A History of British and Irish Poetry from Barrett Browning to Paul Muldoon


Have you ever wanted to know more about poetry but didn't know where to start? If so, this lively and accessible course is for you. Together, we will close read a selection of poetry from c.1850 to now, from Britain and Ireland, in relation to its wider contexts, considering formal issues such as word choice, rhyme, metre and metaphor alongside wider discussions of gender, politics, language and history. This course will demystify poetry, equipping you to talk confidently about form and content without the barriers to reading that are often placed upon it.

We will discuss the following poets, looking at a selection of their poetry from the mid-nineteenth century to the present day: Elizabeth Barrett Browning, Alfred Lord Tennyson, Christina Rossetti, Gerald Manley Hopkins, W. H. Auden, Edwin Morgan, Eavan Boland and Paul Muldoon. Some poets (and poems) will be more familiar than others, but the course will enable you to read all of them confidently. The course will offer these poets and their work as a springboard to reading further into the period, and exploring your own interests.

Programme details

Courses starts: 24 Apr 2024

Week 1: Introduction: demystifying poetry

Week 2: Elizabeth Barrett Browning, Aurora Leigh, book I (1859): epic poetry

Week 3: Alfred Lord Tennyson, extracts from In Memoriam (1855): elegiac poetry

Week 4: Christina Rossetti (1830–1894), from Selected Poems: biography and poetry

Week 5: Gerard Manley Hopkins' 'Terrible Sonnets' (1880s): playing with form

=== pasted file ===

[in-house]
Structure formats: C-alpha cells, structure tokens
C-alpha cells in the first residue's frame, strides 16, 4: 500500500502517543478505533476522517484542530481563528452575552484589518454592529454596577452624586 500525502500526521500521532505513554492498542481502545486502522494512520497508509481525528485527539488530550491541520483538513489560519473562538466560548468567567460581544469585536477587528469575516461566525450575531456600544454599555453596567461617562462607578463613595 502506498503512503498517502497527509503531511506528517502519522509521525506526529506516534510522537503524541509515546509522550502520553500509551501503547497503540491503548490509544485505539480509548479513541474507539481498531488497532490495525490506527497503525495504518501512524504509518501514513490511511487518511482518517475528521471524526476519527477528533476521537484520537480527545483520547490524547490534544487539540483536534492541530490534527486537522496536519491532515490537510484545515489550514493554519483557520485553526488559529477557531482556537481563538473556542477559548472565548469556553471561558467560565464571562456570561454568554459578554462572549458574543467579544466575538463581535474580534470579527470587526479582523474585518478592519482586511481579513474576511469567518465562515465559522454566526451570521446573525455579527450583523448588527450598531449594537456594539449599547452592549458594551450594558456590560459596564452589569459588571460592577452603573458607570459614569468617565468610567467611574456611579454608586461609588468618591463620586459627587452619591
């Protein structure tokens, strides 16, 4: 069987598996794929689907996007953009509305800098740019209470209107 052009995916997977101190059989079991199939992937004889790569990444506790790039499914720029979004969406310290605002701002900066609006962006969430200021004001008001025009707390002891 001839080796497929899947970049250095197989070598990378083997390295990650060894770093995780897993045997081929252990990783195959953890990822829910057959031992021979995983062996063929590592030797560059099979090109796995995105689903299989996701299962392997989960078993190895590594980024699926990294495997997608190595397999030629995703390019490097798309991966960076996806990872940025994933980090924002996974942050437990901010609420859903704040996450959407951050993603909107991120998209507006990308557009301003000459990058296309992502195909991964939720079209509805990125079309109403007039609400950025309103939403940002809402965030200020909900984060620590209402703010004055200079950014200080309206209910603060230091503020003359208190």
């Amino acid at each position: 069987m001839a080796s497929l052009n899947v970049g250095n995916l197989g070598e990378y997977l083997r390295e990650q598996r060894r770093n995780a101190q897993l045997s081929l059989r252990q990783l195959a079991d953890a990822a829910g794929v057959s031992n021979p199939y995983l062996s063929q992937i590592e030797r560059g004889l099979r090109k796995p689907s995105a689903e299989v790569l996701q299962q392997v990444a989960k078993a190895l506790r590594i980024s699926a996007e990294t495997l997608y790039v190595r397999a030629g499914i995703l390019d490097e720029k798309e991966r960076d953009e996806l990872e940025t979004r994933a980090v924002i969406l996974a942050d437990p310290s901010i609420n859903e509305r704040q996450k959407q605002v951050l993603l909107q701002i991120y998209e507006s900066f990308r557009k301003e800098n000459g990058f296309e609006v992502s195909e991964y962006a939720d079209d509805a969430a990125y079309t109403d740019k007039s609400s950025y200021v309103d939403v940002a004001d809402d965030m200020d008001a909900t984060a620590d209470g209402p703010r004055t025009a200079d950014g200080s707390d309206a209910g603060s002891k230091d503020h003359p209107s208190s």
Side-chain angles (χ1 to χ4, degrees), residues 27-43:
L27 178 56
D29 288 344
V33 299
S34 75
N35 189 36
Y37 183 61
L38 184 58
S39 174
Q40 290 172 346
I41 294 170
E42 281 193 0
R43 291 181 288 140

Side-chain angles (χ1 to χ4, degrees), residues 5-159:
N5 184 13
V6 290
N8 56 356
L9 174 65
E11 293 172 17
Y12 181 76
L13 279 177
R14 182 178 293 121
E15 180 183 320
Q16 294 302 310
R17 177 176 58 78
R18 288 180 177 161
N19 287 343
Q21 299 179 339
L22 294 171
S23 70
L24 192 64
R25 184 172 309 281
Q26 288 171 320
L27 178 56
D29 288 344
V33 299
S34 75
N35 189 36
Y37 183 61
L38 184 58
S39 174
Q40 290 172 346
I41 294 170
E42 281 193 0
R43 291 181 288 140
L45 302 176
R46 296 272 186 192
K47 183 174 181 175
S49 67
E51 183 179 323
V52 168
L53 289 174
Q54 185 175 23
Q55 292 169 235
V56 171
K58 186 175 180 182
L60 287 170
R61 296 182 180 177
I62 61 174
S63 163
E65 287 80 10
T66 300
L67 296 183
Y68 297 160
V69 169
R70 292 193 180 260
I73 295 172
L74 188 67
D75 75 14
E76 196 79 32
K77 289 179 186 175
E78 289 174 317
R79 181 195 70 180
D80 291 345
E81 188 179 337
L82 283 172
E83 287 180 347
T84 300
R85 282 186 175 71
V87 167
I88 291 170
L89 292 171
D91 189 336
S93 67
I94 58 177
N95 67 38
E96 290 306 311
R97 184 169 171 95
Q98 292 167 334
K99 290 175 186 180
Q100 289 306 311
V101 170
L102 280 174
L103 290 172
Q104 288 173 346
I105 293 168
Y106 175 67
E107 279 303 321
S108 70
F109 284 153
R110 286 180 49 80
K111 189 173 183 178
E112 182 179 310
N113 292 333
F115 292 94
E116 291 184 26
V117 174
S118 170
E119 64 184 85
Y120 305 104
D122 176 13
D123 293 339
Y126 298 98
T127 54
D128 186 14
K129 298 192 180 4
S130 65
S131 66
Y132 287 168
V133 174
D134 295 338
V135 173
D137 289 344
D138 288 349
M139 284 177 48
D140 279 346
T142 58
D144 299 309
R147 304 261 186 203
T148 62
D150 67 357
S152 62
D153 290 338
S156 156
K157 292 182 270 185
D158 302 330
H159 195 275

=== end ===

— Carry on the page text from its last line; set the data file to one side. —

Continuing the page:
Week 6: W. H. Auden (1907–1973), selections from Selected Poems: 'poetry makes nothing happen'

Week 7: Edwin Morgan, Sonnets from Scotland (1984): sci-fi and sonnets

Week 8: Eavan Boland (1944–2020), selections from Collected Poems: gender and nationality

Week 9: Paul Muldoon, 'Plaguey Hill' (2020): poetry and the present moment

Week 10: Presentations and conclusions

Digital Certification

To complete the course and receive a certificate, you will be required to attend at least 80% of the classes on the course and pass your final assignment. Upon successful completion, you will receive a link to download a University of Oxford digital certificate. Information on how to access this digital certificate will be emailed to you after the end of the course. The certificate will show your name, the course title and the dates of the course you attended. You will be able to download your certificate or share it on social media if you choose to do so.


Description Costs
Course Fee £257.00
Take this course for CATS points £10.00


If you are in receipt of a UK state benefit, you are a full-time student in the UK or a student on a low income, you may be eligible for a reduction of 50% of tuition fees. Please see the below link for full details:

Concessionary fees for short courses


Professor Tara Stubbs

Dr Tara Stubbs is an Associate Professor in English Literature and Creative Writing at OUDCE, and a Fellow of Kellogg College Oxford. For 2017–2020 she was the Academic Programme Director of the Rothermere American Institute, Oxford. Her first book was American Literature and Irish Culture, 1910–1955 (2013). Her interests include American and Irish literature, modernism, and poetry, and she has published widely in these fields. In 2017 she co-edited the essay collection Navigating the Transnational in Modern American Literature and Culture (2017), and her second monograph, published by Palgrave Macmillan in 2020, was The Modern Irish Sonnet: Revision and Rebellion. She is now working on a public engagement project (and associated book) on poetry and the reading public.

Course aims

To introduce students to a variety of poems, by men and women, from Britain and Ireland, written between c.1850 and the present day.

Course objectives:

  • To familiarise students with a variety of poetic forms, and with the language required to discuss these forms.
  • To enable students to read closely different poetic forms, and to be comfortable giving their own opinions of the poems.
  • To leave students with an understanding of how British and Irish poetry since 1850 has interacted with the wider world and its contexts.

Teaching methods